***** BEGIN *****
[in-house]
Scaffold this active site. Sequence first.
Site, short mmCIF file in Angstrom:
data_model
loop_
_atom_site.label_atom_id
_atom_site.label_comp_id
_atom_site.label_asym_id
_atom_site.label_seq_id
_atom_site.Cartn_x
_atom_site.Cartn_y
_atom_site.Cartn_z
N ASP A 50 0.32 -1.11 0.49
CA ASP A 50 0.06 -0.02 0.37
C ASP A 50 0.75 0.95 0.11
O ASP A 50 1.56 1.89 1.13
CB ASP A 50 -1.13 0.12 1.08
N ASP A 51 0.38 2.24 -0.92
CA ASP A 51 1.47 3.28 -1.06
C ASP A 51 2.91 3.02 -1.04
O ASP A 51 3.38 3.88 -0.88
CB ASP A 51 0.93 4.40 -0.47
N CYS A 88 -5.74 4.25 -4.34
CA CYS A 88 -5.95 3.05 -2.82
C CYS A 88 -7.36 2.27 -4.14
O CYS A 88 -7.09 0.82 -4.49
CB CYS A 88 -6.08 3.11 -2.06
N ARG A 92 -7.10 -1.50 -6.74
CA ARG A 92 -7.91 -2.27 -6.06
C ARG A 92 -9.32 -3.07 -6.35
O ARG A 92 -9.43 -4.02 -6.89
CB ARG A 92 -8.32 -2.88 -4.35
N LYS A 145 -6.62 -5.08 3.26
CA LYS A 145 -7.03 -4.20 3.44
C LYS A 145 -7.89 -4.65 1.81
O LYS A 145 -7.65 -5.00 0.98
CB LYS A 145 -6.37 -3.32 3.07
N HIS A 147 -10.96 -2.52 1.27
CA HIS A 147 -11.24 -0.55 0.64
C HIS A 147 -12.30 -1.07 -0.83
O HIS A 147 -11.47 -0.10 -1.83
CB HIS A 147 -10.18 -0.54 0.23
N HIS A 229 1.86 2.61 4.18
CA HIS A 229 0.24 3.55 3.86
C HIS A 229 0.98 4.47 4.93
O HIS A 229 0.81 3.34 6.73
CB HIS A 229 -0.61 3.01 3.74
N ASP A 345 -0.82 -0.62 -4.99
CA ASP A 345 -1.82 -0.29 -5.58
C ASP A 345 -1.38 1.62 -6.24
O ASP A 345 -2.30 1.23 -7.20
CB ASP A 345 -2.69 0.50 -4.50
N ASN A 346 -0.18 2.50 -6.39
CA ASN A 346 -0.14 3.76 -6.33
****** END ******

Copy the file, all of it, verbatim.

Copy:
[in-house]
Scaffold this active site. Sequence first.
Site, short mmCIF file in Angstrom:
data_model
loop_
_atom_site.label_atom_id
_atom_site.label_comp_id
_atom_site.label_asym_id
_atom_site.label_seq_id
_atom_site.Cartn_x
_atom_site.Cartn_y
_atom_site.Cartn_z
N ASP A 50 0.32 -1.11 0.49
CA ASP A 50 0.06 -0.02 0.37
C ASP A 50 0.75 0.95 0.11
O ASP A 50 1.56 1.89 1.13
CB ASP A 50 -1.13 0.12 1.08
N ASP A 51 0.38 2.24 -0.92
CA ASP A 51 1.47 3.28 -1.06
C ASP A 51 2.91 3.02 -1.04
O ASP A 51 3.38 3.88 -0.88
CB ASP A 51 0.93 4.40 -0.47
N CYS A 88 -5.74 4.25 -4.34
CA CYS A 88 -5.95 3.05 -2.82
C CYS A 88 -7.36 2.27 -4.14
O CYS A 88 -7.09 0.82 -4.49
CB CYS A 88 -6.08 3.11 -2.06
N ARG A 92 -7.10 -1.50 -6.74
CA ARG A 92 -7.91 -2.27 -6.06
C ARG A 92 -9.32 -3.07 -6.35
O ARG A 92 -9.43 -4.02 -6.89
CB ARG A 92 -8.32 -2.88 -4.35
N LYS A 145 -6.62 -5.08 3.26
CA LYS A 145 -7.03 -4.20 3.44
C LYS A 145 -7.89 -4.65 1.81
O LYS A 145 -7.65 -5.00 0.98
CB LYS A 145 -6.37 -3.32 3.07
N HIS A 147 -10.96 -2.52 1.27
CA HIS A 147 -11.24 -0.55 0.64
C HIS A 147 -12.30 -1.07 -0.83
O HIS A 147 -11.47 -0.10 -1.83
CB HIS A 147 -10.18 -0.54 0.23
N HIS A 229 1.86 2.61 4.18
CA HIS A 229 0.24 3.55 3.86
C HIS A 229 0.98 4.47 4.93
O HIS A 229 0.81 3.34 6.73
CB HIS A 229 -0.61 3.01 3.74
N ASP A 345 -0.82 -0.62 -4.99
CA ASP A 345 -1.82 -0.29 -5.58
C ASP A 345 -1.38 1.62 -6.24
O ASP A 345 -2.30 1.23 -7.20
CB ASP A 345 -2.69 0.50 -4.50
N ASN A 346 -0.18 2.50 -6.39
CA ASN A 346 -0.14 3.76 -6.33